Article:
I've been reading a lot about the Rev. Jeremiah Wright lately. The discussions invariably muddle two issues: (1) Wright's angry denunciation of US foreign and domestic policy and (2) Wright's arguments for multiculturalism. I have no problem with his denunciations and anger. Wright, and black Americans generally, have a right to be angry. The history of slavery, segregation, exclusion, violence against black people and, even though things have improved, on going discrimination is something all Americans should be angry about. I agree with Wright's remarks about the "US of KKK"; I agree with "God damn America." Our chickens have indeed come home to roost. This is classic, powerful preaching in the tradition of the Old Testament prophets and I applaud it.
It is his suggestion that black kids and white kids think differently, his mythical afro-centric history, and his identity politics that are objectionable. I argue against this version of multiculturalism in my book The Multiculturalist Mystique: The Liberal Case Against Diversity which is now at last available at http://www.amazon.com/Multicultural-Mystique-Liberal-Against-Diversity/dp/1591025532/ref=pd_bbs_sr_1?ie=UTF8&s=books&qid=1207497777&sr=8-1
Assimilation gets a bad name first, because when many, perhaps most people talk about "assimilation" they don't really mean it. The notorious case was Australia's "assimilation" policy for its aboriginal people. When it was implemented at least assimilation didn't mean that Aborigines would were supposed to join the world of white Australians as full, equal members. It meant that Aborigines were to be trained up as farm laborers and domestic servants, and learn enough English to take orders. When I say assimilation, I don't mean that.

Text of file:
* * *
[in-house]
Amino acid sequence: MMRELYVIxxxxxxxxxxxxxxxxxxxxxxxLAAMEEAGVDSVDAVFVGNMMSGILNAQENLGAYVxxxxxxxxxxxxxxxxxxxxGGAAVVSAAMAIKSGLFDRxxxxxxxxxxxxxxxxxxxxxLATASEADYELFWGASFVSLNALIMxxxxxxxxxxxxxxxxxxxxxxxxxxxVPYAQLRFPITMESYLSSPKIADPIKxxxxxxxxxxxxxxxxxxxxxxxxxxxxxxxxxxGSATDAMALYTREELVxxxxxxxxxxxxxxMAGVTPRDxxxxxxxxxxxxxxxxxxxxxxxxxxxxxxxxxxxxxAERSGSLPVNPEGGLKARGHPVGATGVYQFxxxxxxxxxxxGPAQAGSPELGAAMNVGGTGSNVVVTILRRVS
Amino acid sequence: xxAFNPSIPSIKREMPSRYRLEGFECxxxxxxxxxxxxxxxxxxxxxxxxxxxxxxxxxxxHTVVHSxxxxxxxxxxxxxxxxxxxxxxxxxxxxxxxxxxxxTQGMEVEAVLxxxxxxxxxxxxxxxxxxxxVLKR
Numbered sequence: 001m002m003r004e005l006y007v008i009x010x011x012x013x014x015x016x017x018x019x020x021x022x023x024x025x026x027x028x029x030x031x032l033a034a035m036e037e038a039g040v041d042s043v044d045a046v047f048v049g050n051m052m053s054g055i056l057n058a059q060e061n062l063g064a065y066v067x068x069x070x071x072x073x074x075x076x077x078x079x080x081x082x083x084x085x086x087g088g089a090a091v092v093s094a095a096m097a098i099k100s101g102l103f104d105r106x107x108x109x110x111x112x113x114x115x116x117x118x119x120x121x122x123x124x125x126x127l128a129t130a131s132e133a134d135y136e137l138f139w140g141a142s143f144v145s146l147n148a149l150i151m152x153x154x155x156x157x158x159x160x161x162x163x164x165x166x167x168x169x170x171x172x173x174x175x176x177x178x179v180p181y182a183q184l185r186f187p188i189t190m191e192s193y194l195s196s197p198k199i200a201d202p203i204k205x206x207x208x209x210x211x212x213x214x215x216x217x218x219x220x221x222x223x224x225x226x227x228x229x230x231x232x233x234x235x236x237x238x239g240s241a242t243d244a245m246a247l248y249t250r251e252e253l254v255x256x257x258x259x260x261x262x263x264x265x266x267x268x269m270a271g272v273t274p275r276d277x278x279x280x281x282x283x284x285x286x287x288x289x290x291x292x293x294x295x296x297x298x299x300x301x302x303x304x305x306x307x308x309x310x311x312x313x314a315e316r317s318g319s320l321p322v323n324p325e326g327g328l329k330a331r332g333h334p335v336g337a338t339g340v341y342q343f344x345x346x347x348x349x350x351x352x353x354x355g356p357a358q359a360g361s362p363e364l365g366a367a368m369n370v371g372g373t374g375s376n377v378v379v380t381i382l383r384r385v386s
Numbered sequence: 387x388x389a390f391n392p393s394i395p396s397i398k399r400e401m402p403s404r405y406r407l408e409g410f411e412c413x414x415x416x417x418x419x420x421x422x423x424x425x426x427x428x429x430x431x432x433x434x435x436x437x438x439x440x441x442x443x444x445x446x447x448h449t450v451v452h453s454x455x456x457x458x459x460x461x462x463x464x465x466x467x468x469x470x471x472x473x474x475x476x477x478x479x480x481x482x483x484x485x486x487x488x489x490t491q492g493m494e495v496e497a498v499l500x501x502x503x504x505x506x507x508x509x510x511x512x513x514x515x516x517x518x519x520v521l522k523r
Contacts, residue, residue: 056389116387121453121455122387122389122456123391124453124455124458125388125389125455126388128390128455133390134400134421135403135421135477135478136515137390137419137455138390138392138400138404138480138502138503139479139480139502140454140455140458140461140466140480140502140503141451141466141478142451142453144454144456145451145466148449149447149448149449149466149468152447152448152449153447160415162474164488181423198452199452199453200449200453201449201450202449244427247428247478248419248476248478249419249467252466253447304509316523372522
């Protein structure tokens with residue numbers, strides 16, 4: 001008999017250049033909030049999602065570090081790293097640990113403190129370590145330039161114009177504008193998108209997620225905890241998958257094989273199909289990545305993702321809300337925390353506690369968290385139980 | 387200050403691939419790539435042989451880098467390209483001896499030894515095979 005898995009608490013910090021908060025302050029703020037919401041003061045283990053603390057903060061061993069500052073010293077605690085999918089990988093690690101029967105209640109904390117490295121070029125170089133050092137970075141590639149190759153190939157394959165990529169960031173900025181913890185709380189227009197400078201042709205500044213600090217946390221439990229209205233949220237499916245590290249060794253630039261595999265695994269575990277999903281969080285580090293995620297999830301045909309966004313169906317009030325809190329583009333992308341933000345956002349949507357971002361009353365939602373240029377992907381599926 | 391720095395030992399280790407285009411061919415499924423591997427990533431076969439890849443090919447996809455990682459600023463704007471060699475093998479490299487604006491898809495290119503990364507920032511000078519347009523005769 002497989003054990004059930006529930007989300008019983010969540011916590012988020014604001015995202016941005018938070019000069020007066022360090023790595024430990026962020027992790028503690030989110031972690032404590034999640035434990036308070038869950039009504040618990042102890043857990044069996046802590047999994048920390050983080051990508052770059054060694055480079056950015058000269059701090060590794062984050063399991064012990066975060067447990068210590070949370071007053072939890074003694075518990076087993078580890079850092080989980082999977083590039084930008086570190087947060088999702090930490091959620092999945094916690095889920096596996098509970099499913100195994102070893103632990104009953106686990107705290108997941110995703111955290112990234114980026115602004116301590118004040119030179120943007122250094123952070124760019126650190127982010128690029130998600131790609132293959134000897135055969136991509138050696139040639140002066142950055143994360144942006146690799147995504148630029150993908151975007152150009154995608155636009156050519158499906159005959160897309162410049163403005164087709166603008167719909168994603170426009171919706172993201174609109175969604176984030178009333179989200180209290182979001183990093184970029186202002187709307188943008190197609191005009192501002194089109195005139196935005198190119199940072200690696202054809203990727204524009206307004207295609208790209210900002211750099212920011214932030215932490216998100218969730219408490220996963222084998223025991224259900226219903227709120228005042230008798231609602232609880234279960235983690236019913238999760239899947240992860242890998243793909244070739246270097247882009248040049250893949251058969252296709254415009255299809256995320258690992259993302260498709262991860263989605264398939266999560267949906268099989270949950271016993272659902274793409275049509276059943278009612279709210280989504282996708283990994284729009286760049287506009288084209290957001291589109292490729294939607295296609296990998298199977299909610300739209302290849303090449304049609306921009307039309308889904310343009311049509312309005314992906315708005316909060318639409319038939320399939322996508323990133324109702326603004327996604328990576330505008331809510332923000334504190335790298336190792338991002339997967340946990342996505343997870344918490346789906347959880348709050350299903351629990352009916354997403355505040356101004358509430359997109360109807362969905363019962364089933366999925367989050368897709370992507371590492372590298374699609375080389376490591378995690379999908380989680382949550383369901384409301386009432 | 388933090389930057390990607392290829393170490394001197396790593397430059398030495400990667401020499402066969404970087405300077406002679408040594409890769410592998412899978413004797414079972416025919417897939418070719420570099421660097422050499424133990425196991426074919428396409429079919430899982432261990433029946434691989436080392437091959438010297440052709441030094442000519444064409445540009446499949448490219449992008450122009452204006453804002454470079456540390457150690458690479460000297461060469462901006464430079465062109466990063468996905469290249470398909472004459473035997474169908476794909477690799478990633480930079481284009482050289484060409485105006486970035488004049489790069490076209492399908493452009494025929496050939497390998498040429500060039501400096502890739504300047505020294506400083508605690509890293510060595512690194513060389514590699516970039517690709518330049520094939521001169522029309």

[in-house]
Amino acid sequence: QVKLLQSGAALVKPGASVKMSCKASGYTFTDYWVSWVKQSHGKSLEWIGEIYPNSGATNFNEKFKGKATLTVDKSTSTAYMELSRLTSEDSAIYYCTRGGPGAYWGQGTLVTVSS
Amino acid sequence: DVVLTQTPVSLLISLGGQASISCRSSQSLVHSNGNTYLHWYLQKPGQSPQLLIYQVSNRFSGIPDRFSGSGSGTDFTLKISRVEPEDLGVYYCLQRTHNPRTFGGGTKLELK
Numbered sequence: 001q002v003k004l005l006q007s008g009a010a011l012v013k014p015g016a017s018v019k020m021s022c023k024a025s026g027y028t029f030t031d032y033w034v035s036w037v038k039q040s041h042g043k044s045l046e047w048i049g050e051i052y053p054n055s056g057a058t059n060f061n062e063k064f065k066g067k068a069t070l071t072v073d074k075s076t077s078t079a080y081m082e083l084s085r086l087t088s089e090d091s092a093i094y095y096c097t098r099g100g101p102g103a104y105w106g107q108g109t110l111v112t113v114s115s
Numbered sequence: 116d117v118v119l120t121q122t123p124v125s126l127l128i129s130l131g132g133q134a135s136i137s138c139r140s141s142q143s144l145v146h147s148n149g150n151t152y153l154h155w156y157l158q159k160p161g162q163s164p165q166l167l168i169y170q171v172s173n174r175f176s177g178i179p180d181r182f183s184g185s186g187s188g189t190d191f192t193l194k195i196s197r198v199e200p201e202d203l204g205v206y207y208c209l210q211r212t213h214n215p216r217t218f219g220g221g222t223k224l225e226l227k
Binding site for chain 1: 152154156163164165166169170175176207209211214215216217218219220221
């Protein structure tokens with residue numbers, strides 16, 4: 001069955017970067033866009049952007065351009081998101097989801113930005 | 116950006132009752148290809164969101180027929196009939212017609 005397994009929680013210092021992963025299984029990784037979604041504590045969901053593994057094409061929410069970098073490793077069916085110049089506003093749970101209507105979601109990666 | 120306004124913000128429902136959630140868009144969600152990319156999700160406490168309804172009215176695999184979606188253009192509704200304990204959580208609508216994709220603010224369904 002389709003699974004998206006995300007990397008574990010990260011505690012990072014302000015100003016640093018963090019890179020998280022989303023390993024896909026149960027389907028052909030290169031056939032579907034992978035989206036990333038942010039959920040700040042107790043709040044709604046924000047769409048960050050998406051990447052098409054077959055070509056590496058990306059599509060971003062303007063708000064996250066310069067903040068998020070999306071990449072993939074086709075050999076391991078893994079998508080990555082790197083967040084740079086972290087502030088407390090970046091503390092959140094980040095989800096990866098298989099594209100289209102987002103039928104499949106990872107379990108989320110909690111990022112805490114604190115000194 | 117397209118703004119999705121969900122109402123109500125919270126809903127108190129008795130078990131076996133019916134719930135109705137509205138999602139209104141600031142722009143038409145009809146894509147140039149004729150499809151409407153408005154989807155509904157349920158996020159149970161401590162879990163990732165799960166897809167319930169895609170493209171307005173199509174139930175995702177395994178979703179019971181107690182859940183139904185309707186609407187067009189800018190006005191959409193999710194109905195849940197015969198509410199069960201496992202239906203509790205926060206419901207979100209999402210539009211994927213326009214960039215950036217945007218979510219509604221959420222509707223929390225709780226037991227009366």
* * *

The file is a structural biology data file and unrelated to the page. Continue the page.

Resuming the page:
Secondly, in the US and other receiving countries, for many of the children and grandchildren of immigrants, assimilation de facto means assimilation to what Alejandro Portes calls a "rainbow underclass." There's a good discussion of this in his book Legacies: http://www.amazon.com/Legacies-Story-Immigrant-Second-Generation/dp/0520228480/ref=sr_1_1?ie=UTF8&s=books&qid=1209687012&sr=8-1 I don't mean that either.
When I say assimilation I mean assimilation: acculturation and acceptance, as first class, equal citizens, sharing a common culture with other citizens, without any special obligation to identify with ancestral cultures defined by bloodlines.
Assimilation today, assimilation tomorrow, assimilation forever!